467066 The Lemgo D- and z-Value Database for Food – an Instrument for the Dimensioning of Pasteurization Process

Monday, November 14, 2016
Grand Ballroom B (Hilton San Francisco Union Square)
Knut Schwarzer, Patrick Wilhelm, Jan Schneider and Ulrich Müller, Institute for Food Technology ILT.NRW, Ostwestfalen-Lippe University of Applied Sciences, Lemgo, Germany

The meaning of ‘minimal processing’ in the food industry is to reduce the usage of material and resources without a loss in quality or security. This principle still hasn’t yet arrived in pasteurization processes for food and packaging. In practice most of the time rough estimations of death rates are the basis for the parametrization. Often it depends for the most part on the experience of the chief engineer. Major safety margins are necessary to provide secure products.

For example, in beer pasteurization state of the art is to applicate twenty pasteurization units (PU) for a safe product. This base upon a series of publications from the 50th of the last century [1–3]. Latterly some big breweries tried to reduce the heat impact to their beer to only 8 PU without losing any product security.

On the other side to underdose pasteurization can lead to a loss of food safety and if the worst comes to the worst expensive product recalls and an immense image loss [4].

New products with modern ingredients like vitamin preparations or probiotic not only are more damageable to heat, they also susceptible for microbial spoilage. Thus a precise regulation of the pasteurization process is more important than ever.

In science this problem is known and a lot of research is done to scan the thermal death rates of microorganisms. Several hundreds of publications are available each describing the thermal death of one or a few species in a specific medium. For industrial food engineer or food scientists it is difficult to keep track of all the data. For this a database has been developed at the Institute of Food Technology.NRW (ILT.NRW). The “Lemgo D- and z-value Database for Food” (LDzBase) is an open access database [5]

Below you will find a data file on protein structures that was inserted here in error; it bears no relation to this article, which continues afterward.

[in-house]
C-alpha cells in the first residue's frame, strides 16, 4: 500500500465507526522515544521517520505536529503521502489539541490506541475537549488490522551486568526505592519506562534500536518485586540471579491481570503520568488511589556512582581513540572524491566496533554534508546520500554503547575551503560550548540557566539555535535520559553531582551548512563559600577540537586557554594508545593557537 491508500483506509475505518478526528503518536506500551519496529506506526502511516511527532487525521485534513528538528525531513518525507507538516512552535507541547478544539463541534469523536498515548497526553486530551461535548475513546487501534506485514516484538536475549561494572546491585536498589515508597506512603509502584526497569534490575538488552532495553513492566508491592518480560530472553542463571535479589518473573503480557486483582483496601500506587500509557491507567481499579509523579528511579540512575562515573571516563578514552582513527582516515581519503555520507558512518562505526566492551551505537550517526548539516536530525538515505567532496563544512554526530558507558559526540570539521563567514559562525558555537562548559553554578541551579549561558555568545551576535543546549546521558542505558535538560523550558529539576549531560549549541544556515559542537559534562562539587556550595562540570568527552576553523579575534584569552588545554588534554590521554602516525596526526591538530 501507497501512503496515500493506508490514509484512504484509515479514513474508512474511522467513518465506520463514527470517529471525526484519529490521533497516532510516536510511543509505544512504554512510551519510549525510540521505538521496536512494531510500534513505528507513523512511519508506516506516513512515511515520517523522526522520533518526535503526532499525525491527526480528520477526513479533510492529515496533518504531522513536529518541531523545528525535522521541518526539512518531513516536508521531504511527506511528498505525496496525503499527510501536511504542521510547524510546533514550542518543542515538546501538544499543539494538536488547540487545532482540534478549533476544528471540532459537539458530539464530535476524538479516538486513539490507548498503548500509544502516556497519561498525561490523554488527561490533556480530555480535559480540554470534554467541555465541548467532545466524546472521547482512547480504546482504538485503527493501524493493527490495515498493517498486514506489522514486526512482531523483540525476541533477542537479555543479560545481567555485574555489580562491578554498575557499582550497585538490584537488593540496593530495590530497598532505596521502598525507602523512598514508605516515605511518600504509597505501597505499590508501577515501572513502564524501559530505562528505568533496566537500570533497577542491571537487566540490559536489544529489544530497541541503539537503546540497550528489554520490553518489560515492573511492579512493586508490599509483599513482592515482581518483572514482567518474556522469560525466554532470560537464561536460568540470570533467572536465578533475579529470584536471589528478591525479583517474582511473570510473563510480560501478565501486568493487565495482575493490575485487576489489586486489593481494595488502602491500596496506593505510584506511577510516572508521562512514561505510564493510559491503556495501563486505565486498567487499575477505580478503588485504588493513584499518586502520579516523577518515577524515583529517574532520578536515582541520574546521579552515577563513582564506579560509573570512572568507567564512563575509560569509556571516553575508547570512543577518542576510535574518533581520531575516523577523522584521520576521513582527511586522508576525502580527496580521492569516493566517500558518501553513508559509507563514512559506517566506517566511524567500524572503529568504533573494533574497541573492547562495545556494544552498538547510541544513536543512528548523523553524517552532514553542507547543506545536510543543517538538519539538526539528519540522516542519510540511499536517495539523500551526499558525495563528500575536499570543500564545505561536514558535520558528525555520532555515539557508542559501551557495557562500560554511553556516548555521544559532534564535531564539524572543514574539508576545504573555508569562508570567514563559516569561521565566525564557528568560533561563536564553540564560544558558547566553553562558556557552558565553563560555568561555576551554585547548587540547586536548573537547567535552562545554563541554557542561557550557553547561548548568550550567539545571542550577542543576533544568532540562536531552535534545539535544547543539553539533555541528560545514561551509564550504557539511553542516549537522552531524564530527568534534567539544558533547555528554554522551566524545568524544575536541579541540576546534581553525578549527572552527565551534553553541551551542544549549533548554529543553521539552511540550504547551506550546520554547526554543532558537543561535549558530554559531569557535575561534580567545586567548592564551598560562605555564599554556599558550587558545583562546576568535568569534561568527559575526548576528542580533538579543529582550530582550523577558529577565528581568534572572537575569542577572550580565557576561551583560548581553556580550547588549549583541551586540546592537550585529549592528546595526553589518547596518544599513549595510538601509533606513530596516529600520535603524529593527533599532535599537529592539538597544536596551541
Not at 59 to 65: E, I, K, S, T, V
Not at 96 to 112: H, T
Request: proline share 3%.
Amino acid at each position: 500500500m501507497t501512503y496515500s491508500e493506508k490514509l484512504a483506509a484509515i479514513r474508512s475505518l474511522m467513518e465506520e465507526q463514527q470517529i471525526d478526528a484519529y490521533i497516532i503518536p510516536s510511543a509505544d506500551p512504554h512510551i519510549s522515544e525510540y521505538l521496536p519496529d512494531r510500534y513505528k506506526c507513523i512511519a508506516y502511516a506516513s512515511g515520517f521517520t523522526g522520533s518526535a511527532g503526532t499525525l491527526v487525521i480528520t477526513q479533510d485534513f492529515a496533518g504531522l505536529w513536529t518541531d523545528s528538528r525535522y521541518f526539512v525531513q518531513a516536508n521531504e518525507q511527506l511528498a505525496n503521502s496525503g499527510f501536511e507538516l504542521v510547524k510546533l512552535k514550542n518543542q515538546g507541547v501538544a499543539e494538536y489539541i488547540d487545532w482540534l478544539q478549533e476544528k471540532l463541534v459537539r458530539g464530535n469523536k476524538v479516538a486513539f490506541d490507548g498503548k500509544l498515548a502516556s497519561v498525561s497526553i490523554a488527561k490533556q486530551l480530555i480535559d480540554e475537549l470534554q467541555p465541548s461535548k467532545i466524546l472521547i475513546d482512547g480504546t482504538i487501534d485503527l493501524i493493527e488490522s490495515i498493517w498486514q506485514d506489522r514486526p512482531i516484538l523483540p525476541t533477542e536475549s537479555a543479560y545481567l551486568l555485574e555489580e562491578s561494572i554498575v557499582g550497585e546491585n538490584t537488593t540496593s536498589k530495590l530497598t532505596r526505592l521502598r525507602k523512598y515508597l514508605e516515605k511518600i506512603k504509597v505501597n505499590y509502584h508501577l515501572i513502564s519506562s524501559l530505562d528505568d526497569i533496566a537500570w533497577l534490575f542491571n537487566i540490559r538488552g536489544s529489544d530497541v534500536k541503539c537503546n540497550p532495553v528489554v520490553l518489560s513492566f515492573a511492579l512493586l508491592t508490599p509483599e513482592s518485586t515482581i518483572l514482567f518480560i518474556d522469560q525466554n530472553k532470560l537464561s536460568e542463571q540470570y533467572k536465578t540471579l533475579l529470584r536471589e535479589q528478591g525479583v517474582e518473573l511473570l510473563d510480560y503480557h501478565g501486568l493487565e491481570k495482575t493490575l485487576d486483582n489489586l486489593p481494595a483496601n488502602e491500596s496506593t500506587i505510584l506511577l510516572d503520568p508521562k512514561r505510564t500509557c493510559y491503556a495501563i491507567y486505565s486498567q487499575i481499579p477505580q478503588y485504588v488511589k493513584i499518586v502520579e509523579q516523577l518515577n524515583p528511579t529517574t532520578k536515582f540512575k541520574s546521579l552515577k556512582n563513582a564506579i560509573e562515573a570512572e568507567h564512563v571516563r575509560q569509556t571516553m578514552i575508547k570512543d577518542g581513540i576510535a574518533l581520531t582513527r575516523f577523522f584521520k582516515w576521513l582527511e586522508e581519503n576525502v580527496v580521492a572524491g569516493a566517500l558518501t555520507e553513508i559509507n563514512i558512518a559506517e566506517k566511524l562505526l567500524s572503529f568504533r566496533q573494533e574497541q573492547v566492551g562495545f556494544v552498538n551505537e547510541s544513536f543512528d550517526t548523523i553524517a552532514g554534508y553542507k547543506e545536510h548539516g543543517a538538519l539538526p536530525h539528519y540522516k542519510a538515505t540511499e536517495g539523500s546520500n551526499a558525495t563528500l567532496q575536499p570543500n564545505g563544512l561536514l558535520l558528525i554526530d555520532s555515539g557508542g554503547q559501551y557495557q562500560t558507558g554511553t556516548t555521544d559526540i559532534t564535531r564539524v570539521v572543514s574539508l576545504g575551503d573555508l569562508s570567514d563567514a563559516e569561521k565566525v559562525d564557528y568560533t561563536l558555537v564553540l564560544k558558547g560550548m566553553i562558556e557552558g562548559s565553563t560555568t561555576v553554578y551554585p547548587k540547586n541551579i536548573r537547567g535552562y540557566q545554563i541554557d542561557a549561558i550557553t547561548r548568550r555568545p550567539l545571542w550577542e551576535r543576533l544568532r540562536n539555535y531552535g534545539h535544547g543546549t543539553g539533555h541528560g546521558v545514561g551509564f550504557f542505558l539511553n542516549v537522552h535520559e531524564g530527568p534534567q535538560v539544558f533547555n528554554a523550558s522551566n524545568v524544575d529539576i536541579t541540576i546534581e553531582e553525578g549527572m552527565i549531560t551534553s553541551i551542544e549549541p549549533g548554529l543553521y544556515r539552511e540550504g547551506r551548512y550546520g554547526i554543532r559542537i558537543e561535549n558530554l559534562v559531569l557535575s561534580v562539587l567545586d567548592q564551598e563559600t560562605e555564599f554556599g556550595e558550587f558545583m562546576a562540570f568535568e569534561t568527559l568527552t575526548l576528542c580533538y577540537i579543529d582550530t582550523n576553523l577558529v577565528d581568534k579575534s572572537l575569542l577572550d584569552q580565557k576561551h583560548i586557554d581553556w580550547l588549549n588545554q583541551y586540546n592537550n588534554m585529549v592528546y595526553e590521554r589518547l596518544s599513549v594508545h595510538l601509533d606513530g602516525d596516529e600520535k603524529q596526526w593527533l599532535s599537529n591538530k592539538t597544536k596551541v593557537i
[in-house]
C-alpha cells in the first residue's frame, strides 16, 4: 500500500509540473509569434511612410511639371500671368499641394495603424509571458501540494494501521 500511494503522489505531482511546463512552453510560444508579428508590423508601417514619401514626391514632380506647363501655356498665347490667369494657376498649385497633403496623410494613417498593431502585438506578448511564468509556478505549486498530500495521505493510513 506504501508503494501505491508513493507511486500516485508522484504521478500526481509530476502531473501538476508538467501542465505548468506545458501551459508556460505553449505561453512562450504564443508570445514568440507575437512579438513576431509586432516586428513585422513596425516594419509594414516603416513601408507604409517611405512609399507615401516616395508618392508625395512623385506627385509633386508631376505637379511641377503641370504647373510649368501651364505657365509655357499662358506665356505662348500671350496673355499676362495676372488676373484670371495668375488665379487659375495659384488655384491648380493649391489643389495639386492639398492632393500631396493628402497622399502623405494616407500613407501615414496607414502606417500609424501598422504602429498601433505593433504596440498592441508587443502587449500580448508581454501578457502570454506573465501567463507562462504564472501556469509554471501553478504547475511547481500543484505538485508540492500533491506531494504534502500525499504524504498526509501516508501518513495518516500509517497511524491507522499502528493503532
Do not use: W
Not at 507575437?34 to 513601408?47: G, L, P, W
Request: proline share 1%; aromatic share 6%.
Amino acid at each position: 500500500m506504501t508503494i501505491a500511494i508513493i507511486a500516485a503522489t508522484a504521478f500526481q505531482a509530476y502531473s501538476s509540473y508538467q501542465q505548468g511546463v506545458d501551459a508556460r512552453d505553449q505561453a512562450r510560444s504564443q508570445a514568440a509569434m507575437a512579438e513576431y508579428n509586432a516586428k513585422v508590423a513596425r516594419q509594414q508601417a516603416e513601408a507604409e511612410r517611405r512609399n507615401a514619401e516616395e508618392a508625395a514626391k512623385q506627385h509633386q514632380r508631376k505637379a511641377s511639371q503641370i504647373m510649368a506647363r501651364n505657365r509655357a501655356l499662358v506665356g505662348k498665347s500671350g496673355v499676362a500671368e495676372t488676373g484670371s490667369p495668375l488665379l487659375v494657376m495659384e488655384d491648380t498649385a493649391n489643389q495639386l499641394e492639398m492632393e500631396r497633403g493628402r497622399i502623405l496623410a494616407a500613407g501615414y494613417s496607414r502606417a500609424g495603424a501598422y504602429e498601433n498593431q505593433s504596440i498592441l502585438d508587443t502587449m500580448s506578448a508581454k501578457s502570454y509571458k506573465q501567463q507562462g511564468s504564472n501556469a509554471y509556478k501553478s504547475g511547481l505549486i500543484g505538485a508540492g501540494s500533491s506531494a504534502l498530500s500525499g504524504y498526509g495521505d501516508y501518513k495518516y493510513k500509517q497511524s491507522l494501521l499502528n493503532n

Because the majority of existing data are given as D- and z-values this was our first choice of data model. A D-value describes the decimal reduction time; this means the time necessary to reduce the microorganism by the factor of 10 at a given temperature. The z-value describes the temperature dependency of the D-value. It is the change in temperature necessary to change the D-value by the factor of 10. By now the database consists of about 6,000 D-values for 140 species at about 2,700 different environmental conditions [6]. The data can facilitate the dimensioning of pasteurization processes. Comparing the different potential spoiling organisms will show those species that needing the most intensive heat exposure for the necessary reduction.

A comparison within species can be used for meta-analysis of the collected data. With 700 D-values concerning Listeria monocytogenes you can get a good overview about the influence of the medium, the microorganism live in. Factors like pH-value, aw -value or salt concentration can influence the mortality by the factor of 1,000 and more.

In our contribution we will introduce the database and show how to work with the data.

[1] Baselt, F. C.; Dayharsh, C. A.; Del Vecchio, H. W.: Thermal deathtime studies on beer spoilage organisms - III. A.S.B.C. Proceedings, S. 141–146, 1954.

[2] Dayharsh, C. A.; Del Vechio, H. W.: Thermal deathtime studies on beer spoilage organisms - II. A.S.B.C. Proceedings, S. 48–52, 1952.

[3] Del Vecchio, H. W.; Dayharsh, C. A.; Baselt, F. C.: Thermal deathtime studies on beer spoilage organisms – I. A.S.B.C. Proceedings, Bd. 1951, S. 45–50.

[4] Oliver Daumen, B.: Aseptische Abfüllanlagen. Teil 1: KZE-Anlagen in der Praxis. Brauwelt, 28/29, S. 905–912, 2003.

[5] Schwarzer, K.: Lemgo D- and z-value Database for Food, http://www.hs-owl.de/fb4/ldzbase/, [Datum des Zugriffs] 09.05.2016.

[6] Schwarzer, K.; Schneider, J.; Müller, U.; Becker, B.; Wilhelm, P.: Lemgo Database for D- and z-values. Brauwelt International, Nr. 5, S. 252–256, 2010.

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